In general, treating exfoliative cheilitis can be difficult due to its chronic nature. However, with long-term treatment, it can be cured and for prevention, treatment should be continued. If infection is present, then antibiotics and antifungals should be prescribed first, rather than going directly for the conventional therapy. These antimicrobials can be given topically or systemically.
- Topical or systemic antibiotics/antifungals (depending on infection type)
- Topical steroids are helpful in significant reduction of redness and swelling, however it takes more time
- Moisturizing should be given due importance to keep dryness in check and thus prevent bleeding and discoloration of lips.
- Photodynamic therapy can aid in decreasing swelling and itching. Overall, it is estimated to have a 70% rate of success and is recommended in cases with little response to medicines mentioned earlier.
7 DIY Remedies For Exfoliative Cheilitis
There are so many medical terms thrown around a doctor’s office when it comes to “curing” exfoliative cheilitis. Some doctors may provide oral antibiotics, others may choose topical steroids, and some may say leave it alone. Certain medications may work for some people but for others medications can aggravate the situation more. If you would like to free your lips of exfoliative cheilitis but in a natural way, then you should try some of these DIY or natural remedies. Just remember that not all natural or diy remedies will work on all lip problems. If you have an allergy to a certain product or ingredient listed below, do not use the said method. With that being said, please continue reading below.
- Castor Oil or Petroleum Jelly: A thin layer of either product should be spread on your lips before bedtime. In the morning, you will notice a difference in your lip color and feel.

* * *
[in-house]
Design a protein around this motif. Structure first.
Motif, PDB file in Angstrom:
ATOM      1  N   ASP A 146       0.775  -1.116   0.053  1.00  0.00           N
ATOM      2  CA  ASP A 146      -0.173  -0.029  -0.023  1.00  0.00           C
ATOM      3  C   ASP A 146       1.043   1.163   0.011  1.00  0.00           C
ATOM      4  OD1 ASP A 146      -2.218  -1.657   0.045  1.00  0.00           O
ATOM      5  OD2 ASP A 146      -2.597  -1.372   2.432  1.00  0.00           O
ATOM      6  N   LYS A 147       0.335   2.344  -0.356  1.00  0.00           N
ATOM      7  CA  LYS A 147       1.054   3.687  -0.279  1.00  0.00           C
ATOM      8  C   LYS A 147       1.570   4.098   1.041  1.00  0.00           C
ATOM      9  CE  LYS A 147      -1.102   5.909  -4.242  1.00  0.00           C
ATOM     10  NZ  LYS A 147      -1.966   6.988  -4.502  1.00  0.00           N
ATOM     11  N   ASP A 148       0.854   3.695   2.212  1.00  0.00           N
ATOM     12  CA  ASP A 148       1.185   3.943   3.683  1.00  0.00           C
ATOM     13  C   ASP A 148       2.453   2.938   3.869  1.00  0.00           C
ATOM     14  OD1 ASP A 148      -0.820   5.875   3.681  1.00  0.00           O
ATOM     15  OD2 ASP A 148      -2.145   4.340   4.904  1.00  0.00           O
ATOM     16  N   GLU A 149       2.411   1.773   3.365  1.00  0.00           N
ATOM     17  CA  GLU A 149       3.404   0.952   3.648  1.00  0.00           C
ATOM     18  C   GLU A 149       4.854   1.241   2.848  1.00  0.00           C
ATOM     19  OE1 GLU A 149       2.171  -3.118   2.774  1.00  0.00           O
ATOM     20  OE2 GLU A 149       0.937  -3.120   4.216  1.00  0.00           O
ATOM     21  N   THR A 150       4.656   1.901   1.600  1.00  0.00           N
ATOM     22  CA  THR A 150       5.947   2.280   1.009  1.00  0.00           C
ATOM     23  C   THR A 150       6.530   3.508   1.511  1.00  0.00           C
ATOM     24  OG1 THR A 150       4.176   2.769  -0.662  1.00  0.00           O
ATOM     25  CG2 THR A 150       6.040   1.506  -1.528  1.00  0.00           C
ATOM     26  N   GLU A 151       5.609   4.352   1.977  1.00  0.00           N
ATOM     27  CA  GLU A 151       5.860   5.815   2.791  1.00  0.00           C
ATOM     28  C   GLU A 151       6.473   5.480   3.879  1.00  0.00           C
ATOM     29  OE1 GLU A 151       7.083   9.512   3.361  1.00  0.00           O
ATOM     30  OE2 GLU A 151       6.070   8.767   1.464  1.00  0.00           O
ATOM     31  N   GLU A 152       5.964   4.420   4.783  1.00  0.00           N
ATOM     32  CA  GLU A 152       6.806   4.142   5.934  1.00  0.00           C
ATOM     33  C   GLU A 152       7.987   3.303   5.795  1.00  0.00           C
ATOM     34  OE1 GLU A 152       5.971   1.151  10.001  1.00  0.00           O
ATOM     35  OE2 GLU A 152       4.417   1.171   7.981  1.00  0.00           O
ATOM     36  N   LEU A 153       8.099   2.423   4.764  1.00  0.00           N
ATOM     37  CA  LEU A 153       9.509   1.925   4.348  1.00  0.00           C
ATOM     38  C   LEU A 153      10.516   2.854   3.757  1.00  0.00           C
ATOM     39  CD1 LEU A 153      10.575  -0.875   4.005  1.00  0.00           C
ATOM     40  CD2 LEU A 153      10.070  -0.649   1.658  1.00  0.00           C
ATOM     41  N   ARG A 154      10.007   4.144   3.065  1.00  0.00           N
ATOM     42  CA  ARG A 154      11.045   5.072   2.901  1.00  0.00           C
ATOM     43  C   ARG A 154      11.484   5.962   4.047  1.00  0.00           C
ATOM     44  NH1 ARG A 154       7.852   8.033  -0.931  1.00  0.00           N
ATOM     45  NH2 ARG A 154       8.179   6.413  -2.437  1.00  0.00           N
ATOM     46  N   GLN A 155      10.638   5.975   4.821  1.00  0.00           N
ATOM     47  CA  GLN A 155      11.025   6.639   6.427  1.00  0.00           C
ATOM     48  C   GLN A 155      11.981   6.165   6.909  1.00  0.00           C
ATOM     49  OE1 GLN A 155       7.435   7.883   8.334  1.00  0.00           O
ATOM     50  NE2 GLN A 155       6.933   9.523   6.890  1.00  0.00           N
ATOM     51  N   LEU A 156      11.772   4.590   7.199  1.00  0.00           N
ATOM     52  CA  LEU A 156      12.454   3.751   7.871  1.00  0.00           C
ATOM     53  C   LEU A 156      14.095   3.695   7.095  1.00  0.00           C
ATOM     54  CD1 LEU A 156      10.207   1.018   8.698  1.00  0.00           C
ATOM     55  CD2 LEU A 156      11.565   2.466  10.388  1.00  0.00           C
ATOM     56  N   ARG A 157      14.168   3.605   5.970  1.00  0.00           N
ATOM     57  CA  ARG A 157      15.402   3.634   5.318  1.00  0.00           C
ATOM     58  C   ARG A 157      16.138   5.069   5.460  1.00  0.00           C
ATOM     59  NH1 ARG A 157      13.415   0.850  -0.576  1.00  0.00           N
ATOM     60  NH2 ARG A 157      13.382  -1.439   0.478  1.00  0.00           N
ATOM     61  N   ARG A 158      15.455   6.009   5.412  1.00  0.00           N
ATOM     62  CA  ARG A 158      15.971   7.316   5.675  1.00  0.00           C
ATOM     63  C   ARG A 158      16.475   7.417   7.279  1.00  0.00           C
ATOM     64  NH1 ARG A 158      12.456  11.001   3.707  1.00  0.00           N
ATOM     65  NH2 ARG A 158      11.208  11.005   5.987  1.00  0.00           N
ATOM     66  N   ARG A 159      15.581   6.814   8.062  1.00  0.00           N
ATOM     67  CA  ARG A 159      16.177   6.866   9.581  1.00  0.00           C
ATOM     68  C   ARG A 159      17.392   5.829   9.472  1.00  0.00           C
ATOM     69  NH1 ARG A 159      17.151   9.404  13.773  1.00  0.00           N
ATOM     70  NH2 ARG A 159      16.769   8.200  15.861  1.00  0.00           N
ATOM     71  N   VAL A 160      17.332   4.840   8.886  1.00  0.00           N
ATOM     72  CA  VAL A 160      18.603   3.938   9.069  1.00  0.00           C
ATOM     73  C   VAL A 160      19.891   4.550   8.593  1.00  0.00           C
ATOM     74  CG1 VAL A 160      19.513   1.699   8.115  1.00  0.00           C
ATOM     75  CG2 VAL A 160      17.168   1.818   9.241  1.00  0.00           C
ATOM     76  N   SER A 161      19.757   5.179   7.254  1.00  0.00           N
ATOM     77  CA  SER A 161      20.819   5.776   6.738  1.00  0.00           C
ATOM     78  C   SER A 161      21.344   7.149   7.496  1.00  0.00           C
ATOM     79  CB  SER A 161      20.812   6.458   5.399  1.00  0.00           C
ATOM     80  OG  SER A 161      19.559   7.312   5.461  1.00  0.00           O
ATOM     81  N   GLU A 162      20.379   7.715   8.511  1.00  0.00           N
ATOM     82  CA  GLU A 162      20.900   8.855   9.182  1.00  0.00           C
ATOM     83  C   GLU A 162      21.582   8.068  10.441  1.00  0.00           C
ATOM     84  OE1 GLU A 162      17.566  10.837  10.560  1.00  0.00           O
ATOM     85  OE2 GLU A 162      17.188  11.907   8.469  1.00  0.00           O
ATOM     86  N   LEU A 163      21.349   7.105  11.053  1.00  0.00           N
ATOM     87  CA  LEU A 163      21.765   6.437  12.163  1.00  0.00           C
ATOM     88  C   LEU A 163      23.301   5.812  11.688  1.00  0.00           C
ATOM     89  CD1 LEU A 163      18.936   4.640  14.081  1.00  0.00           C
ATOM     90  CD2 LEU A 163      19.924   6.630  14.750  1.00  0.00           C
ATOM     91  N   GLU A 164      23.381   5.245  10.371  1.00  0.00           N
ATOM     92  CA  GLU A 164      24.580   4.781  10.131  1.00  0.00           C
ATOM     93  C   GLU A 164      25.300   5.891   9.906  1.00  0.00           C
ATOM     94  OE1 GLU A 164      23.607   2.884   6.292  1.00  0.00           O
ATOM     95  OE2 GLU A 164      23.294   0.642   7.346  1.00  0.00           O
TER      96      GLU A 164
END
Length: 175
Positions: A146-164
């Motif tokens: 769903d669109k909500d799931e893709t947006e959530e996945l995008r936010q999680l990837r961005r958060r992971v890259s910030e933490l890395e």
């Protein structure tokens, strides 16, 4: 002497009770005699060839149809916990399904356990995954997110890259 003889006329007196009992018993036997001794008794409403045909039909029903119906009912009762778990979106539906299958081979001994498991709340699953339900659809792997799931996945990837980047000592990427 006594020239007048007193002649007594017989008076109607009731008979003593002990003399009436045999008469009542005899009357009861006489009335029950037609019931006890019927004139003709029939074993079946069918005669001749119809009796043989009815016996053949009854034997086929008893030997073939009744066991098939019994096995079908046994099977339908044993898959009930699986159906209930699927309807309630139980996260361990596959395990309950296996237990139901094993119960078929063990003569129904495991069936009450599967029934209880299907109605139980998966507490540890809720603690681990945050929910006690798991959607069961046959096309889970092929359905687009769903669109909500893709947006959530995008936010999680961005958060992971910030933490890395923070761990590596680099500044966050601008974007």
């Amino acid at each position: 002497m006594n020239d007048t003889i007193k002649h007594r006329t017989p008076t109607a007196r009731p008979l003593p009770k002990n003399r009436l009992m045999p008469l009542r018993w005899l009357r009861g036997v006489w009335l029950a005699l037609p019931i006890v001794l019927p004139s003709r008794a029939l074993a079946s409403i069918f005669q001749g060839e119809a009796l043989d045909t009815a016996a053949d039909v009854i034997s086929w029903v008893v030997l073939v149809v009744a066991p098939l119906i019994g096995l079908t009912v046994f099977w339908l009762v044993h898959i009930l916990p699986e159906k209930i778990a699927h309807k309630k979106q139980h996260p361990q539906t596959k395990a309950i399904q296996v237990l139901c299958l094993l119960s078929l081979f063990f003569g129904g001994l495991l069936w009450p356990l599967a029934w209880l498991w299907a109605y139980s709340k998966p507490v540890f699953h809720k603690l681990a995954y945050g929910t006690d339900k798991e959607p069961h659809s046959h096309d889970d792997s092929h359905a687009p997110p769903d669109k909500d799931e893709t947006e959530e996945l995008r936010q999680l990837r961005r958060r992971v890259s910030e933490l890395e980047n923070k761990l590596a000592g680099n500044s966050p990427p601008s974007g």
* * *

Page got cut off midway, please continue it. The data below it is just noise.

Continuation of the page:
- Raw Honey: Anti-bacterial ingredients can be found in raw honey rather than processed honey that can help you get smooth lips. Just apply a little bit of honey on your wet finger and gentle spread it on your lips. Your lips will feel less scaly and chapped.
- Cold Compress and Vinegar: Apply a cold compress to your lips that has been soaked in a vinegar and water mixture. Leave this compress on your lips for at least 20-30 minutes. Once you have removed the compress, lightly wash your lips with cool water.
- Fish Oil: Your first thought might be that fish oil might leave your lips and breath smelling horrible. But fish oil contains vitamins that can help “cure” exfoliative cheilitis.
- Drink Water: Drinking more fluids can help reduce the redness and peeling of your lips and increasing your water intake is a must.
- Fresh Milk or Milk Cream: Have you ever noticed that babies and children suffer less from peeling lips? The moisture in fresh milk or milk cream help soften the lips and prevent peeling.
- Cucumber: For whoever has received a facial, then you know the cucumber placed on your eyes are not just for decoration, it contains vitamins and moisture. Place a slice of cool cucumber on your lips and rub it on for a couple of minutes. Do this 2-3 times a week and your exfoliative cheilitis will become less noticeable.
- Baking Soda: Mix 1 tablespoon of baking soda and 1 teaspoon of water to create a paste. Once you have a created this paste, dunk a wet toothbrush into the mix and gently scrub your lips. This helps remove the flakes and leave your lips feeling soft. Just remember to throw out the toothbrush when you at done.
The best approach after conventional treatment, or to prevent exfoliative cheilitis entirely, is always a natural one.
- Have a good dietary intake, eat fresh and healthy vegetables
- A good sleep of at least 7 hours
- Moisturize your lips daily
- Drink plenty of water. Have adequate amount of fresh juices to prevent dehydration and mineral imbalance in the body
Is Exfoliative Cheilitis Contagious?
Exfoliative Cheilitis is not contagious. It cannot be spread through the air or through direct contact. Therefore no preventive measures need to be used when treating a person with exfoliative cheilitis.
- Kumar & Clark, Clinical Medicine, 5th Ed, Chapter 22, Skin Diseases